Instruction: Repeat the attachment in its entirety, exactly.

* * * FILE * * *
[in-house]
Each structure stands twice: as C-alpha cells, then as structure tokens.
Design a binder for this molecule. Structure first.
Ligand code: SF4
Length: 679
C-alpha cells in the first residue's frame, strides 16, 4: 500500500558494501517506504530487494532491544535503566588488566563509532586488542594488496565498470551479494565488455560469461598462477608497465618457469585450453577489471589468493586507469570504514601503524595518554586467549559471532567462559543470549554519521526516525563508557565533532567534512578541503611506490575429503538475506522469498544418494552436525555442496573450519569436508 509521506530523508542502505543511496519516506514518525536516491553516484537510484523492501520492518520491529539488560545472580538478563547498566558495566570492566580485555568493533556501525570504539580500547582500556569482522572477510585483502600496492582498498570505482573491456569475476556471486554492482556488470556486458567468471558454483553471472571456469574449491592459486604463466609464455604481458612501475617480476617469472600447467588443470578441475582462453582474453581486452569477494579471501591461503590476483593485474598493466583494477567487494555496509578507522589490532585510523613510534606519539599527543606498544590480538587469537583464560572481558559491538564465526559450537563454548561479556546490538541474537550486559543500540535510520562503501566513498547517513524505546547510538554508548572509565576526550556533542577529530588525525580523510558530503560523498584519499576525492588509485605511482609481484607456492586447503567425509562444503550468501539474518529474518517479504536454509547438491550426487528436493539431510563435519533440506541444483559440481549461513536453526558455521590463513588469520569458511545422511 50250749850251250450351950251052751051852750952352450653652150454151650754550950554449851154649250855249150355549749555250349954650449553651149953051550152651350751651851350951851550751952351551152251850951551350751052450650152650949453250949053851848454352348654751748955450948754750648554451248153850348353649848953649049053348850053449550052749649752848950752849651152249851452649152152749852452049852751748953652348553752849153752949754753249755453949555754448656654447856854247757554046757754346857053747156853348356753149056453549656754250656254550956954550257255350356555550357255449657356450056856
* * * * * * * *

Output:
[in-house]
Each structure stands twice: as C-alpha cells, then as structure tokens.
Design a binder for this molecule. Structure first.
Ligand code: SF4
Length: 679
C-alpha cells in the first residue's frame, strides 16, 4: 500500500558494501517506504530487494532491544535503566588488566563509532586488542594488496565498470551479494565488455560469461598462477608497465618457469585450453577489471589468493586507469570504514601503524595518554586467549559471532567462559543470549554519521526516525563508557565533532567534512578541503611506490575429503538475506522469498544418494552436525555442496573450519569436508 509521506530523508542502505543511496519516506514518525536516491553516484537510484523492501520492518520491529539488560545472580538478563547498566558495566570492566580485555568493533556501525570504539580500547582500556569482522572477510585483502600496492582498498570505482573491456569475476556471486554492482556488470556486458567468471558454483553471472571456469574449491592459486604463466609464455604481458612501475617480476617469472600447467588443470578441475582462453582474453581486452569477494579471501591461503590476483593485474598493466583494477567487494555496509578507522589490532585510523613510534606519539599527543606498544590480538587469537583464560572481558559491538564465526559450537563454548561479556546490538541474537550486559543500540535510520562503501566513498547517513524505546547510538554508548572509565576526550556533542577529530588525525580523510558530503560523498584519499576525492588509485605511482609481484607456492586447503567425509562444503550468501539474518529474518517479504536454509547438491550426487528436493539431510563435519533440506541444483559440481549461513536453526558455521590463513588469520569458511545422511 50250749850251250450351950251052751051852750952352450653652150454151650754550950554449851154649250855249150355549749555250349954650449553651149953051550152651350751651851350951851550751952351551152251850951551350751052450650152650949453250949053851848454352348654751748955450948754750648554451248153850348353649848953649049053348850053449550052749649752848950752849651152249851452649152152749852452049852751748953652348553752849153752949754753249755453949555754448656654447856854247757554046757754346857053747156853348356753149056453549656754250656254550956954550257255350356555550357255449657356450056856